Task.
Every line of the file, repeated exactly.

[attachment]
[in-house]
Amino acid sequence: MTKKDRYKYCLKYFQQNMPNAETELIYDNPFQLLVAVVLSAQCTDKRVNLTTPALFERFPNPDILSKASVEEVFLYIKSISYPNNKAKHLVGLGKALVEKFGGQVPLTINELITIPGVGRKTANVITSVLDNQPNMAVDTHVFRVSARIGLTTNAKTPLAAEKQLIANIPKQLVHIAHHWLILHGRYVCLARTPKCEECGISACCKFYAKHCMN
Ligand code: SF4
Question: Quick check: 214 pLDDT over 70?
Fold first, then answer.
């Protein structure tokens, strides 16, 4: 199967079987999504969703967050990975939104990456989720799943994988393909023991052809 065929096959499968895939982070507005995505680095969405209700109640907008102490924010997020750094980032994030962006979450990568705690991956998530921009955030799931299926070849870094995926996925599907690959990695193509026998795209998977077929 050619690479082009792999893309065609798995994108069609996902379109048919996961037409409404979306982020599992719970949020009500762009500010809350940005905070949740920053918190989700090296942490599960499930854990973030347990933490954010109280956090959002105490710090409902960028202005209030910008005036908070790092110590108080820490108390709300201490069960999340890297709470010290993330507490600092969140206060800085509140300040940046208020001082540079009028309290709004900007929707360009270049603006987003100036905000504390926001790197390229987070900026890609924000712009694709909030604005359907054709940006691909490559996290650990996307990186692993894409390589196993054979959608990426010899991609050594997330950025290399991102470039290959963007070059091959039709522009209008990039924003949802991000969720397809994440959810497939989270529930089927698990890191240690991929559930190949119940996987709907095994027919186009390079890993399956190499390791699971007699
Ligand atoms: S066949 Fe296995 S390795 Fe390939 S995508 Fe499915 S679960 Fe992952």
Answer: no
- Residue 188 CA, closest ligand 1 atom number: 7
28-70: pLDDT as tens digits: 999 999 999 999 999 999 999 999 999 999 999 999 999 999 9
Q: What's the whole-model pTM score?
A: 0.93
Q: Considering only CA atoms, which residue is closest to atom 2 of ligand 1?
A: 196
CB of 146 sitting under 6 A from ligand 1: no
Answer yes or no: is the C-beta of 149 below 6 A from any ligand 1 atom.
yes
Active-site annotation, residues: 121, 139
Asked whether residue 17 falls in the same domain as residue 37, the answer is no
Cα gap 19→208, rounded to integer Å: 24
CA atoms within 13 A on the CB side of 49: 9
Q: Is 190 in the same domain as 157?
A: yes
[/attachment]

[in-house]
Amino acid sequence: MTKKDRYKYCLKYFQQNMPNAETELIYDNPFQLLVAVVLSAQCTDKRVNLTTPALFERFPNPDILSKASVEEVFLYIKSISYPNNKAKHLVGLGKALVEKFGGQVPLTINELITIPGVGRKTANVITSVLDNQPNMAVDTHVFRVSARIGLTTNAKTPLAAEKQLIANIPKQLVHIAHHWLILHGRYVCLARTPKCEECGISACCKFYAKHCMN
Ligand code: SF4
Question: Quick check: 214 pLDDT over 70?
Fold first, then answer.
């Protein structure tokens, strides 16, 4: 199967079987999504969703967050990975939104990456989720799943994988393909023991052809 065929096959499968895939982070507005995505680095969405209700109640907008102490924010997020750094980032994030962006979450990568705690991956998530921009955030799931299926070849870094995926996925599907690959990695193509026998795209998977077929 050619690479082009792999893309065609798995994108069609996902379109048919996961037409409404979306982020599992719970949020009500762009500010809350940005905070949740920053918190989700090296942490599960499930854990973030347990933490954010109280956090959002105490710090409902960028202005209030910008005036908070790092110590108080820490108390709300201490069960999340890297709470010290993330507490600092969140206060800085509140300040940046208020001082540079009028309290709004900007929707360009270049603006987003100036905000504390926001790197390229987070900026890609924000712009694709909030604005359907054709940006691909490559996290650990996307990186692993894409390589196993054979959608990426010899991609050594997330950025290399991102470039290959963007070059091959039709522009209008990039924003949802991000969720397809994440959810497939989270529930089927698990890191240690991929559930190949119940996987709907095994027919186009390079890993399956190499390791699971007699
Ligand atoms: S066949 Fe296995 S390795 Fe390939 S995508 Fe499915 S679960 Fe992952």
Answer: no
- Residue 188 CA, closest ligand 1 atom number: 7
28-70: pLDDT as tens digits: 999 999 999 999 999 999 999 999 999 999 999 999 999 999 9
Q: What's the whole-model pTM score?
A: 0.93
Q: Considering only CA atoms, which residue is closest to atom 2 of ligand 1?
A: 196
CB of 146 sitting under 6 A from ligand 1: no
Answer yes or no: is the C-beta of 149 below 6 A from any ligand 1 atom.
yes
Active-site annotation, residues: 121, 139
Asked whether residue 17 falls in the same domain as residue 37, the answer is no
Cα gap 19→208, rounded to integer Å: 24
CA atoms within 13 A on the CB side of 49: 9
Q: Is 190 in the same domain as 157?
A: yes